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Sam Treadaway


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Sam Treadaway is a British artist whose interdisciplinary practice includes sculpture, book arts, olfactory scent-based installations and occasionally live events. Often making use of existing frictions between aesthetic form and utilitarian function, he realigns, edits and transforms found materials, objects, structures and systems thus generating new meanings and outcomes. Within his olfactory work he is interested in exploring the transformative potential of scent as a countermove to our predominantly visual- centric world. The interplay between the arts and other fields of knowledge such as science, philosophy, perfumery, and music, often inform and inspire his working processes.

Since 2011 Sam Treadaway has led, curated, and produced the collaborative, multidisciplinary and international arts initiative Revolve:R. Revolve:R is a unique artistic collaboration in which contemporary artists, poets, and musicians, from around the world (to date UK, USA, Africa, and Continental Europe) produce original artworks, poetry, film, soundscapes and music in response to a series of visual artwork prompts. The project to date has resulted in three bookwork publications, most recently Revolve:R, edition three (Arrow Bookworks & Intellect Books, Bristol, UK / Chicago, USA, 2018).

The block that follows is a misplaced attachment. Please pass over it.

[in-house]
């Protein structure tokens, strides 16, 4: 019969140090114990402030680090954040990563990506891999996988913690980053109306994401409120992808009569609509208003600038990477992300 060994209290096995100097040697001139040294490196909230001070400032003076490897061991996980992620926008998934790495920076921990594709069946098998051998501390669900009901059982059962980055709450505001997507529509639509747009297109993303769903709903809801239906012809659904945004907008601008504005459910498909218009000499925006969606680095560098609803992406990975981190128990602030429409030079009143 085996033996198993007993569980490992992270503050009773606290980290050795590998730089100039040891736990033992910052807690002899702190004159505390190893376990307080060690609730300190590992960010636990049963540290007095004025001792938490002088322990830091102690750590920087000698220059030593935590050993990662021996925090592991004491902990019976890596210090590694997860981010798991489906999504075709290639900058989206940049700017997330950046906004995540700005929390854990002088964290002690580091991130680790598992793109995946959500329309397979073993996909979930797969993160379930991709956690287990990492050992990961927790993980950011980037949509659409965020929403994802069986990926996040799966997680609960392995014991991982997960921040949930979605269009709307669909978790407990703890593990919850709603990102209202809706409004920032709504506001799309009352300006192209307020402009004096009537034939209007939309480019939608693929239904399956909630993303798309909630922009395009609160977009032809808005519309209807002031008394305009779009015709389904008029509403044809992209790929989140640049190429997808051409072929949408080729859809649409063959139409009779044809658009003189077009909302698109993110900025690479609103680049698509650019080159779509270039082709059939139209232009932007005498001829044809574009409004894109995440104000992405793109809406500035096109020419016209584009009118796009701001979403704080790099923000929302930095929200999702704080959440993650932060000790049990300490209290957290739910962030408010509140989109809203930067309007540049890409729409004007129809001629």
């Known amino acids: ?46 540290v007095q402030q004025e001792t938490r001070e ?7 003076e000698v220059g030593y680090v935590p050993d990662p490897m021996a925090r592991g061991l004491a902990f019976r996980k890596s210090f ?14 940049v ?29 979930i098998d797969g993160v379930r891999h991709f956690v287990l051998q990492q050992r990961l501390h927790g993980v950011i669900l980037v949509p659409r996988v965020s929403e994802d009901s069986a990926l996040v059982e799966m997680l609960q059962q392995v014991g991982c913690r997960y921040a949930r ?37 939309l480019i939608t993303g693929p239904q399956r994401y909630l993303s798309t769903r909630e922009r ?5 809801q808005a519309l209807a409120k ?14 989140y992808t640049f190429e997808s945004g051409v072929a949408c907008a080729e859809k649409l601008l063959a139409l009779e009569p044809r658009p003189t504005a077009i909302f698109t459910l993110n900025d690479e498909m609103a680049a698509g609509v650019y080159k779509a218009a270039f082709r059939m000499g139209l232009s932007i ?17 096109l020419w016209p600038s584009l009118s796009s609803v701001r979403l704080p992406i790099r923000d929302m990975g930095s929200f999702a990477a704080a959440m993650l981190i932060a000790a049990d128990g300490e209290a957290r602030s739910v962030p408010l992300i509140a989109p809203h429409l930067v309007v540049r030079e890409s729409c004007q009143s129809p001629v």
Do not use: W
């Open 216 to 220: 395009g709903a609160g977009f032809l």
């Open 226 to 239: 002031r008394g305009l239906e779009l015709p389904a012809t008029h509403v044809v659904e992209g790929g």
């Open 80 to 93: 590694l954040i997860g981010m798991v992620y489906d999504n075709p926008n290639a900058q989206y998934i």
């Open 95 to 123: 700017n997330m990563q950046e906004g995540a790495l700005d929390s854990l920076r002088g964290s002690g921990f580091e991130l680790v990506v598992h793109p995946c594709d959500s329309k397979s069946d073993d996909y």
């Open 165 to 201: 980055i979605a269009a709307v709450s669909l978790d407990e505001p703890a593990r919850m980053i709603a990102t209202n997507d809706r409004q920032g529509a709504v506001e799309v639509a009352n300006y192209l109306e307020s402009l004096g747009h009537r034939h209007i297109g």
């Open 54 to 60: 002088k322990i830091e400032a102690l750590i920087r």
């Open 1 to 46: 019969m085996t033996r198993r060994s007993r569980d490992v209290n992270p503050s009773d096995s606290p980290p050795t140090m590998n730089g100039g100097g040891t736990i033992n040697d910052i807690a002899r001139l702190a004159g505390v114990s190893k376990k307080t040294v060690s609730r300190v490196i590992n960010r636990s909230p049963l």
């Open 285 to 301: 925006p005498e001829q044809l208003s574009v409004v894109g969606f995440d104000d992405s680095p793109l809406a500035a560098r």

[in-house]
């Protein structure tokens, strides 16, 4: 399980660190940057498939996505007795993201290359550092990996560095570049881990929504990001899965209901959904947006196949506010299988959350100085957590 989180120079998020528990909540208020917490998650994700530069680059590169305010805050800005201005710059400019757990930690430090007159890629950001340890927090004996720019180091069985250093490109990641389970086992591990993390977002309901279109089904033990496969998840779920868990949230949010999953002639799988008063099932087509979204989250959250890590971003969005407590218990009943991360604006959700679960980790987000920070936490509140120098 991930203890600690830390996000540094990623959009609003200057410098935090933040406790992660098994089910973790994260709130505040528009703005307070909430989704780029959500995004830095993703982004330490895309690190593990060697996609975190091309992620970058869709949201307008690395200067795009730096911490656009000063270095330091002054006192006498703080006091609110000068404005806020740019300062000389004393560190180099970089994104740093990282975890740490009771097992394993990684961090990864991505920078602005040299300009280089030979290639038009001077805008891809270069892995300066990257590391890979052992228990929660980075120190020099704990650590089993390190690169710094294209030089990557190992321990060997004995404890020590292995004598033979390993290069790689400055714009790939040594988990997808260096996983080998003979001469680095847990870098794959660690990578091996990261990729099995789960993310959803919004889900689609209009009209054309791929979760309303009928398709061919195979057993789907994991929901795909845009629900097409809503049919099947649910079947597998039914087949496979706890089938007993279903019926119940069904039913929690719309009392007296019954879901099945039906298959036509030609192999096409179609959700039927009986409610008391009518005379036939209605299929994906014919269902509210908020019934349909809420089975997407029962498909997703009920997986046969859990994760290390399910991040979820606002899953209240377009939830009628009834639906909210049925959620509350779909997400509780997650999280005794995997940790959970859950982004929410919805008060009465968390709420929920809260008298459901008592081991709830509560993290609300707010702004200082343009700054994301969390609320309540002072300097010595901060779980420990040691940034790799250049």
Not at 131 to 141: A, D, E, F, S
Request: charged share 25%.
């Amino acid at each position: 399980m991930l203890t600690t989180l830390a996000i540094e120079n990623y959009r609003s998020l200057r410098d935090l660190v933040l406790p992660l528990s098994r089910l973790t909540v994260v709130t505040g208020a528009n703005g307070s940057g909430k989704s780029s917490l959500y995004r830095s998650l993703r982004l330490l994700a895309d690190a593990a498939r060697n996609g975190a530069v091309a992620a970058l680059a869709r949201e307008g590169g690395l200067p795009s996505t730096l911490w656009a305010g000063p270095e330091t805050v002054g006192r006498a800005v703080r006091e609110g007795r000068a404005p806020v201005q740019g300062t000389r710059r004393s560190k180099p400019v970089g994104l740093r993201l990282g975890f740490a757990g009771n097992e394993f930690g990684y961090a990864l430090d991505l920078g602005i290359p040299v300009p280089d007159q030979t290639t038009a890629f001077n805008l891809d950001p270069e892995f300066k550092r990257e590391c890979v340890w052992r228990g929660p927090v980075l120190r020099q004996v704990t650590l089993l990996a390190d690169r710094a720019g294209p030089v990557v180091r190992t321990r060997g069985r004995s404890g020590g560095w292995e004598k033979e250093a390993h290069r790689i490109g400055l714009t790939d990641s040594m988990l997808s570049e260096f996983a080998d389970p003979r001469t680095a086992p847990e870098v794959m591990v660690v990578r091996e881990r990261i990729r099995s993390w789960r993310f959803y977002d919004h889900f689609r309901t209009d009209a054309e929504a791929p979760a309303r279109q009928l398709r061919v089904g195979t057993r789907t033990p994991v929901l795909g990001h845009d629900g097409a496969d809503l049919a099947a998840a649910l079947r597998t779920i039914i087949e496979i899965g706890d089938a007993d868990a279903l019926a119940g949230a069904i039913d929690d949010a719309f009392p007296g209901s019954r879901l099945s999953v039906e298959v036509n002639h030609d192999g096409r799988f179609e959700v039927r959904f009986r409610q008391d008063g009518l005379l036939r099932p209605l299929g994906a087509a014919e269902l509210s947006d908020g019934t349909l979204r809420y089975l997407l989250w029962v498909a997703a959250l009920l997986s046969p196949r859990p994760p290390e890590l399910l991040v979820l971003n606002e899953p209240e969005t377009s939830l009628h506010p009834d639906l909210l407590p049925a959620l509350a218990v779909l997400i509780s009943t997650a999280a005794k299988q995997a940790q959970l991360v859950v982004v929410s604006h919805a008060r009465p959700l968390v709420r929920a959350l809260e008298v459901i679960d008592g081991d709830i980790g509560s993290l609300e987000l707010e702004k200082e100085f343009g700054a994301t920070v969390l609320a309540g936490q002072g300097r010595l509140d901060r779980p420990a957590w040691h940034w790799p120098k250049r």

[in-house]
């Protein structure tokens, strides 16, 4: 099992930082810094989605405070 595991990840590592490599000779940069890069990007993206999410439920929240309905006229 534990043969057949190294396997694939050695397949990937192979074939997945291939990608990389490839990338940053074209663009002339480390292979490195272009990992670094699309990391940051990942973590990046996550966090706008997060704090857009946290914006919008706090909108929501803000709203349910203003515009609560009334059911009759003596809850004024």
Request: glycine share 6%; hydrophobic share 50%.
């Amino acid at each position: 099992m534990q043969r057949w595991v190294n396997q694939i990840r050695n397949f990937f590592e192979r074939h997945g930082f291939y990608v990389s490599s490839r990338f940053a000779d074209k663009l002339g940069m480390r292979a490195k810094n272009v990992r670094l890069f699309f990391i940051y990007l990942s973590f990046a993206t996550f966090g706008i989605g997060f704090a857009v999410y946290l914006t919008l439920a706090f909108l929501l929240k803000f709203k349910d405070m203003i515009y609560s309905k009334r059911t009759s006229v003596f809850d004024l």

Artwork 286a (A Switch House Moment) by Sam Treadaway.jpg

Artwork 286a (A-Switch-House-Moment) 

Artwork 286a (A-Switch-House-Moment) is a response to the Climate Change Emergency. 

Two photographs juxtapose a natural coastal seascape with an urban cityscape (focussing on Tate Modern’s Switch House during construction).


The aesthetic contrast between the natural and urban environments as well as the positioning of the two images (whereby trees from the coastal scene appear integral to the fabrication of the Switch House) activates a dialogue regarding the capitalist impact of major world cities (such as London) upon our natural environments including de-forestation and rising sea levels.


The work also prompts questions regarding fossil fuel funding within the art world. Until recently Tate annually accepted millions in funding from BP as well as other ‘dirty’ sponsors (such as Deutsche Bank). Interestingly enough the basement of the Switch House once housed the former power station’s huge oil reserves.


Late Capitalism consistently fails 99% of the worlds population whilst destroying our planet yet governments and multinationals continue to seek solutions only within its economic structures. Why do we as global citizens continue to accept this? 

Perhaps because we have long since imagined, yet not yet fully realised, the full potential and transformative power of creative collaboration. Only then can we bring about the kind of systemic Sea-Change so urgently required. 


Artwork 286a (A-Switch-House-Moment) was created as part of the Revolve:R project (@revolve_r_6)

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